More than $1.1trn (£705bn) has been pumped into emerging markets since 2008 as investors deterred by rock-bottom interest rates and money printing in the West sought higher returns, IMF managing director Christine Lagarde said yesterday.
In a speech at the Jackson Hole symposium in the US, Ms Lagarde said the inflow was an estimated $470bn above long-term trends, boosting property prices, shares and credit markets in countries including Brazil, China, Korea and Thailand.
This is according to an IMF study of assessing the impact of unconventional monetary policy on 13 countries not forced to undertake emergency measures.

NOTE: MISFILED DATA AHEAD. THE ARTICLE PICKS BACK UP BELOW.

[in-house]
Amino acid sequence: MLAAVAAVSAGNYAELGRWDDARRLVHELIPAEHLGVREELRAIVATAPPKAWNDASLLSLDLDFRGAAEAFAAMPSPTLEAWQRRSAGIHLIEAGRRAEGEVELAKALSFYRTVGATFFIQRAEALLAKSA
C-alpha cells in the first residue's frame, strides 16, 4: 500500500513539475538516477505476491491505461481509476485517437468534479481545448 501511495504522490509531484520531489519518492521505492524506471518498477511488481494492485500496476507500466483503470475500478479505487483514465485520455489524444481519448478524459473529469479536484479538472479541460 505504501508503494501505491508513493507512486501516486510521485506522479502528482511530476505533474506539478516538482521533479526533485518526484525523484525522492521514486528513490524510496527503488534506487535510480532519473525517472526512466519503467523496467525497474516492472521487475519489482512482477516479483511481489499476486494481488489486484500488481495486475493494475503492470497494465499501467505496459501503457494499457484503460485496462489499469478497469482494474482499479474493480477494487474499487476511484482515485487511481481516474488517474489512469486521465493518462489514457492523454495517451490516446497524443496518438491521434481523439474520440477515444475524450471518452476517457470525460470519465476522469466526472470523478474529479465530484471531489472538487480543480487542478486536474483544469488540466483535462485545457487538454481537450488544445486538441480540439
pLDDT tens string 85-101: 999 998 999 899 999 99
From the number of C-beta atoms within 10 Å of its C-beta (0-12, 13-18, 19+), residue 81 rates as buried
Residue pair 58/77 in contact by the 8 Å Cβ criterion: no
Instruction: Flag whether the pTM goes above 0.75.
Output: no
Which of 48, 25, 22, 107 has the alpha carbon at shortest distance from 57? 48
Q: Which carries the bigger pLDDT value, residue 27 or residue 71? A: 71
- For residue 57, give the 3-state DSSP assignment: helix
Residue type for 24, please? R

Ms Lagarde stressed the impact of exceptional policy measures on emerging markets was still positive – “at least for now” – as countries took action to make their financial systems more secure and manage the flow of capital. But she warned: “We all know that the situation can turn quickly – as we have seen in recent days.”